As described above, airbag cushion 101 includes a control tether 170. Each tether has a vent portion 173 which is configured to actuate the closeable vent. Tether 170 is configured to move with the expansion of airbag cushion 101 to enable vent portion 173 to close closeable vent 150. One end of tether 170 is connected to vent 170 via stitching 171 and the other end is connected to cushion membrane 110 via a tether attachment 179 which is part of or extends from membrane 110 of airbag cushion 101. Tether attachment 179 serves as an anchor for an end of tether 170. In another embodiment, the tether attachment is stitching between cushion membrane 110 and tether 170. In another embodiment, tether 170 is an integral extension of either cushion membrane 110 or cinch tube 152. Alternatively, tether 170 is not fixedly anchored but is moveably anchored to cushion membrane 110 via tether attachment 179′ as shown in
Early in a normal inflation, gas loss through cinch vent 150 a-b is minimal even with gas deflector 130. This phenomenon is due to the Bernoulli effect—pressure is lower in a moving fluid than in a stationary fluid. For example, if the convex side of a spoon is placed into a smooth stream of water from a faucet, the spoon is pulled into the stream. The higher pressure outside the moving fluid pushes the spoon into the lower pressure water. In an airbag deployment, the high velocity stream of gas flowing into the cushion creates a similar effect for approximately 30 milliseconds, particularly in the area of throat 108. Since pressure outside the cushion is still atmospheric, there is a pressure imbalance and gas flows into the cushion, not out of the cushion, when the vent is positioned alongside of the gas flow stream and not in its path.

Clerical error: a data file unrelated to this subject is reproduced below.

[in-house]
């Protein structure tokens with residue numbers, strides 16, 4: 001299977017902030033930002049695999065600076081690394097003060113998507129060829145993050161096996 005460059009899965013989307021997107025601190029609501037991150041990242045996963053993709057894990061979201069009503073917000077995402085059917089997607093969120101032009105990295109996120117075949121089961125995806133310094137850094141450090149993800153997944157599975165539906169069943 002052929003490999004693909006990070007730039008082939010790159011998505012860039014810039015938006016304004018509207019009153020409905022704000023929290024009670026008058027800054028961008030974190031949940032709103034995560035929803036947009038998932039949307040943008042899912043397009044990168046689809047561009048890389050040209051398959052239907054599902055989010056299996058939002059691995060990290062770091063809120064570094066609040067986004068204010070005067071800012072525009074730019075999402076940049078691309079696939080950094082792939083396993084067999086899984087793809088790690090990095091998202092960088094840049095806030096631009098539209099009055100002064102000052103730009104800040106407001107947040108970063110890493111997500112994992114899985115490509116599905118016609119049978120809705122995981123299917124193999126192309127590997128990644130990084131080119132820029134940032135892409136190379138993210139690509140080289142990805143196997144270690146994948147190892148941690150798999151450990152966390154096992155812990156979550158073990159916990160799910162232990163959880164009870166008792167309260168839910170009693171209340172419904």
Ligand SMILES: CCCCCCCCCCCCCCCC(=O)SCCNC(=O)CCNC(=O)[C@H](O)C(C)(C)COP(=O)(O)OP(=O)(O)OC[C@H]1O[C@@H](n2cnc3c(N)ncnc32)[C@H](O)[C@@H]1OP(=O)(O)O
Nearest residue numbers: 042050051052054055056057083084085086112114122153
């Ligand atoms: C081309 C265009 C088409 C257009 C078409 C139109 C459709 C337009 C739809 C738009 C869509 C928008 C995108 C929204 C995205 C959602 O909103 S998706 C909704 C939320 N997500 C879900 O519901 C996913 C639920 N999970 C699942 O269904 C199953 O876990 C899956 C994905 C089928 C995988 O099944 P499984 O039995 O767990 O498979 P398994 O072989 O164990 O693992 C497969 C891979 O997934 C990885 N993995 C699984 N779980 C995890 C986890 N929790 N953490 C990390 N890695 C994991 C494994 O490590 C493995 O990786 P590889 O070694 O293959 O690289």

Like gas deflector 130, gas deflector 130′ is configured to create a pressure pocket and re-direct the inflation gas after gas after the gas enters via a gas deflector opening 132 which corresponds with the throat opening 108. Also, arms 137 a′-b′ move with vents 150 a′-b′. However, arms 137 a′-b′ are configured so that gas deflector 130′ is Y-shaped instead of T-shaped like gas deflector 130.
Closeable laced vents 150 a′-150 b′ comprise opposing vent sides 152 a′-152 b′. Opposing sides 152 a′-152 b′ have holes 154 a′-154 b′ which receive the vent portion 173 a′-173 b′ of tether 170 a′-170 b′ in a single laced configuration. Opposing sides 152 a′-152 b′ come together respectively at ends 156 a′-156 b′. Sides 152 a′-152 b′ are located around a vent aperture 158 a′-158 b′ in the membrane 110 of the inflatable airbag cushion 101. Vent aperture 158 a′-158 b′ is defined by edges 151 a′-151 b′ of sides 152 a′-152 b′. The closeable laced vent may be reinforced as needed with a suitable material such as a nylon woven fabric-type or other material known in the art. For example, optional panel strips may also be used to reinforce sides 152 a′-152 b′ or a sleeve may be formed to assist in reducing surface tension when under pressure.